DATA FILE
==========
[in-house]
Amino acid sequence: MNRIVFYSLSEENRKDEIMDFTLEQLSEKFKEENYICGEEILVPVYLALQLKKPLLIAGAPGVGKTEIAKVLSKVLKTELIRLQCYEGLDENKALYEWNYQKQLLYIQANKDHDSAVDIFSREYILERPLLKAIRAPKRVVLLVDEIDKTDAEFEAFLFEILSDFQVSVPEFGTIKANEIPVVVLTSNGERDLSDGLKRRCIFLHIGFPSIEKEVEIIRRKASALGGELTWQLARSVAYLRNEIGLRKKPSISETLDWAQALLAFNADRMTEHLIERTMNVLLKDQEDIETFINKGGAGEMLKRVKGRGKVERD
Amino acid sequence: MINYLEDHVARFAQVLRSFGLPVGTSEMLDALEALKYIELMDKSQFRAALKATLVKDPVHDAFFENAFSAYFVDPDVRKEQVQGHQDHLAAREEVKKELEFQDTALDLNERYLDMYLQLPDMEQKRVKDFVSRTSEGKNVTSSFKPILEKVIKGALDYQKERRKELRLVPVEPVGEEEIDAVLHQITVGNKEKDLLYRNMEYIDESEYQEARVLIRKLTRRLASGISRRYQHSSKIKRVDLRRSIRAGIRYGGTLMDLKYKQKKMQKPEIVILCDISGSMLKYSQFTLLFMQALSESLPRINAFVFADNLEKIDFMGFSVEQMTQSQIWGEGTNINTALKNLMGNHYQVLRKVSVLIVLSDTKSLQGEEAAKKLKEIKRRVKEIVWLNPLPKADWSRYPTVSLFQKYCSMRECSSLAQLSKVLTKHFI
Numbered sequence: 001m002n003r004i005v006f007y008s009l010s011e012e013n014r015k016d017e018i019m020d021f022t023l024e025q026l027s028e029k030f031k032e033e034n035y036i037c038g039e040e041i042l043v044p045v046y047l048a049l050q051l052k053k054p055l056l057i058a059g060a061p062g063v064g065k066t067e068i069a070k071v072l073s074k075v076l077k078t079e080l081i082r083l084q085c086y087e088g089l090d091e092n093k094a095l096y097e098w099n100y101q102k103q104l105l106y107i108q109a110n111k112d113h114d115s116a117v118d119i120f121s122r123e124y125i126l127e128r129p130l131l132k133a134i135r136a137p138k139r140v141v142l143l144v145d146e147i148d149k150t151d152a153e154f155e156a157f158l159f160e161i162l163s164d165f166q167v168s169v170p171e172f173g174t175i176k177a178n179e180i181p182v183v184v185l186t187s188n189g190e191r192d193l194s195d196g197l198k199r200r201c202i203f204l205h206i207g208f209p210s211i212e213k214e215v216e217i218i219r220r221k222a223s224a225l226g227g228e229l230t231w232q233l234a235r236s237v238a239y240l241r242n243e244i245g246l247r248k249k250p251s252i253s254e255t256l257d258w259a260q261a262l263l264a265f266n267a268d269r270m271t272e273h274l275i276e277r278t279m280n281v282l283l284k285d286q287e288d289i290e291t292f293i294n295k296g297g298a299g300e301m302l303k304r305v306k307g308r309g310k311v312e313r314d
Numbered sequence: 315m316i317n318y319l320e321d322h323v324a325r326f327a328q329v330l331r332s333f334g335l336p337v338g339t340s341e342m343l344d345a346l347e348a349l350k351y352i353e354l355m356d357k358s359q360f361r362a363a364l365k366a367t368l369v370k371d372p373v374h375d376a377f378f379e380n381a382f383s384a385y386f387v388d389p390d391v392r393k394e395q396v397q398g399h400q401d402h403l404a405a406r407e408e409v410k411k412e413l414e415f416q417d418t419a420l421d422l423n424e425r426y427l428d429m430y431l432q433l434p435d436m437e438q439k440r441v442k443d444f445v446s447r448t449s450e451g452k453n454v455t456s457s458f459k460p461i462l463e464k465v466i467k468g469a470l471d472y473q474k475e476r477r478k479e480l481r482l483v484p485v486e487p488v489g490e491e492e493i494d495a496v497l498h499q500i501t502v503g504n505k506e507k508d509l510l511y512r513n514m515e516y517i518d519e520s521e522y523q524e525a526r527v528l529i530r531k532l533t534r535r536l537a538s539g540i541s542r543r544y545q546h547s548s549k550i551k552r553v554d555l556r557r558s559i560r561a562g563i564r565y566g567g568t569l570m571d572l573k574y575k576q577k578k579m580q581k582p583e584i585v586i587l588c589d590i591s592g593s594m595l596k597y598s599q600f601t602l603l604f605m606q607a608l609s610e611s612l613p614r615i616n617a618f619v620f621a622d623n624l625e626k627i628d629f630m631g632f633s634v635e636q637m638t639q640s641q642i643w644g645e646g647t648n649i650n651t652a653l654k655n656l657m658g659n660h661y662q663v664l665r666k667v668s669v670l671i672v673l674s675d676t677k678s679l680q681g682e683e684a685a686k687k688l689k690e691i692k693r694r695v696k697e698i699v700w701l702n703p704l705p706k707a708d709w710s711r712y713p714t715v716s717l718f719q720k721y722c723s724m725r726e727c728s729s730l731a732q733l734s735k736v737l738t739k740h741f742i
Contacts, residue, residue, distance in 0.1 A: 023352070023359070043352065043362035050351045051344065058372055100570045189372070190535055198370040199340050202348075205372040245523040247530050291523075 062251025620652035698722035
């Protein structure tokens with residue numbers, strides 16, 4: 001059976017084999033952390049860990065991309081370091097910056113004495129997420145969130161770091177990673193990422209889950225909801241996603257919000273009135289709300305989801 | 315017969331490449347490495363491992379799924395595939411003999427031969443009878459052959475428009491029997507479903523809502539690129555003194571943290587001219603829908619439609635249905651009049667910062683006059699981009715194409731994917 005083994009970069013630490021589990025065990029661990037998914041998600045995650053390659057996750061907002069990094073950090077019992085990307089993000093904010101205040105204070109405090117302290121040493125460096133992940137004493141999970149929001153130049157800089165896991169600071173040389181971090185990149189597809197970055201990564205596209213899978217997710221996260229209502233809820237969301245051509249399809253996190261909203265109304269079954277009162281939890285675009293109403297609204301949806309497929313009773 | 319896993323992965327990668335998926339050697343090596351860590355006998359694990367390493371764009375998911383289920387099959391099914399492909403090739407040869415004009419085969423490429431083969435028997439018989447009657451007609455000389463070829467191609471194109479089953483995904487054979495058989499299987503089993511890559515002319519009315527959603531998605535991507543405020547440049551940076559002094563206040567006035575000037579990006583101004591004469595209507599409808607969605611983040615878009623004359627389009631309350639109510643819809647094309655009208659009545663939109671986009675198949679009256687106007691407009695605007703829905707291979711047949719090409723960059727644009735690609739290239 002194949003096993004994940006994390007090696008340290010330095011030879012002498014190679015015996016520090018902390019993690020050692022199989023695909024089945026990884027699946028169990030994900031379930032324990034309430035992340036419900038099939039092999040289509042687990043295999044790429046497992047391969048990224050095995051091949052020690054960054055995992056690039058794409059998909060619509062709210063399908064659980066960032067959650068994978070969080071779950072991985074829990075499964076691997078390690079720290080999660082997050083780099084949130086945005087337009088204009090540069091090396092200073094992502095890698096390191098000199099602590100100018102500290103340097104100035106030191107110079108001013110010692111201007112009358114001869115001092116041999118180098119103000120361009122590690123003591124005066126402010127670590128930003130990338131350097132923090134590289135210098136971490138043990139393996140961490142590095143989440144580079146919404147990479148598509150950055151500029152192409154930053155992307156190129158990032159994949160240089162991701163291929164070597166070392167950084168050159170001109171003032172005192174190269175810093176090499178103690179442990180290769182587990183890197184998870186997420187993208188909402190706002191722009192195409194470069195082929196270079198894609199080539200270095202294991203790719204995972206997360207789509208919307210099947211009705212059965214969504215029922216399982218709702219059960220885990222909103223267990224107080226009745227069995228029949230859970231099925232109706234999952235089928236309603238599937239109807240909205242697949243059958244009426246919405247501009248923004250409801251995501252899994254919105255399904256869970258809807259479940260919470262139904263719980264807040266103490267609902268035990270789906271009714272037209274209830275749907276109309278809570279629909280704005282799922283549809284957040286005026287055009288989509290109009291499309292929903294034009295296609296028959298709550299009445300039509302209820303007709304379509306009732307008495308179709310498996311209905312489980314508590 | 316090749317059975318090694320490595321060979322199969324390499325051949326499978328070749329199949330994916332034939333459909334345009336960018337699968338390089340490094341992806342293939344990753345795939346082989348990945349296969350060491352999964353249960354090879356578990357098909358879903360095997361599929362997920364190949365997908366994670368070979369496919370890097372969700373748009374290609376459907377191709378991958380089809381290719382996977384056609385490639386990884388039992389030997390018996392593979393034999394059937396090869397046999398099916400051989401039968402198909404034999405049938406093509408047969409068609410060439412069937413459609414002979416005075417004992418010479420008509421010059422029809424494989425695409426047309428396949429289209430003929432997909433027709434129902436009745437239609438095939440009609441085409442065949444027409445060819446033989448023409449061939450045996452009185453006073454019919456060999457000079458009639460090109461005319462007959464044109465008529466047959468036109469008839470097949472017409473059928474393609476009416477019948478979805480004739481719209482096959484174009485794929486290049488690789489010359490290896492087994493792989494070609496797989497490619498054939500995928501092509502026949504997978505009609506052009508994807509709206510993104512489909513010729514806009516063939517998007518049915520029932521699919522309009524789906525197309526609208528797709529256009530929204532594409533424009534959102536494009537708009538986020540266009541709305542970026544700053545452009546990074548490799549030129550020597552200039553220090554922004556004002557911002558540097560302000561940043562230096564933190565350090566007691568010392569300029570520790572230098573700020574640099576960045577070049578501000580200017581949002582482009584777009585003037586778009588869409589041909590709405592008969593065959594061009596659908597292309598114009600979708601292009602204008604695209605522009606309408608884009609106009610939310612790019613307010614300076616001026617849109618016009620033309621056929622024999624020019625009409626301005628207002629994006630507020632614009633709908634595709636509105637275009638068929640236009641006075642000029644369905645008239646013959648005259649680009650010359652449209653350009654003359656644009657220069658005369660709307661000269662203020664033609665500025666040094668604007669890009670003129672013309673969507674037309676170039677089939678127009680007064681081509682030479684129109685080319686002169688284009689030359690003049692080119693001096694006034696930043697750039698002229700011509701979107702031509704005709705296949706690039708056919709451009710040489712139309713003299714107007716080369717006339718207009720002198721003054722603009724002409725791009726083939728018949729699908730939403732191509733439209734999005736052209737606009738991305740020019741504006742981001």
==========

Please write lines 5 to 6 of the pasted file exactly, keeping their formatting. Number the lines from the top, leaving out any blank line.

Numbered sequence: 315m316i317n318y319l320e321d322h323v324a325r326f327a328q329v330l331r332s333f334g335l336p337v338g339t340s341e342m343l344d345a346l347e348a349l350k351y352i353e354l355m356d357k358s359q360f361r362a363a364l365k366a367t368l369v370k371d372p373v374h375d376a377f378f379e380n381a382f383s384a385y386f387v388d389p390d391v392r393k394e395q396v397q398g399h400q401d402h403l404a405a406r407e408e409v410k411k412e413l414e415f416q417d418t419a420l421d422l423n424e425r426y427l428d429m430y431l432q433l434p435d436m437e438q439k440r441v442k443d444f445v446s447r448t449s450e451g452k453n454v455t456s457s458f459k460p461i462l463e464k465v466i467k468g469a470l471d472y473q474k475e476r477r478k479e480l481r482l483v484p485v486e487p488v489g490e491e492e493i494d495a496v497l498h499q500i501t502v503g504n505k506e507k508d509l510l511y512r513n514m515e516y517i518d519e520s521e522y523q524e525a526r527v528l529i530r531k532l533t534r535r536l537a538s539g540i541s542r543r544y545q546h547s548s549k550i551k552r553v554d555l556r557r558s559i560r561a562g563i564r565y566g567g568t569l570m571d572l573k574y575k576q577k578k579m580q581k582p583e584i585v586i587l588c589d590i591s592g593s594m595l596k597y598s599q600f601t602l603l604f605m606q607a608l609s610e611s612l613p614r615i616n617a618f619v620f621a622d623n624l625e626k627i628d629f630m631g632f633s634v635e636q637m638t639q640s641q642i643w644g645e646g647t648n649i650n651t652a653l654k655n656l657m658g659n660h661y662q663v664l665r666k667v668s669v670l671i672v673l674s675d676t677k678s679l680q681g682e683e684a685a686k687k688l689k690e691i692k693r694r695v696k697e698i699v700w701l702n703p704l705p706k707a708d709w710s711r712y713p714t715v716s717l718f719q720k721y722c723s724m725r726e727c728s729s730l731a732q733l734s735k736v737l738t739k740h741f742i
Contacts, residue, residue, distance in 0.1 A: 023352070023359070043352065043362035050351045051344065058372055100570045189372070190535055198370040199340050202348075205372040245523040247530050291523075 062251025620652035698722035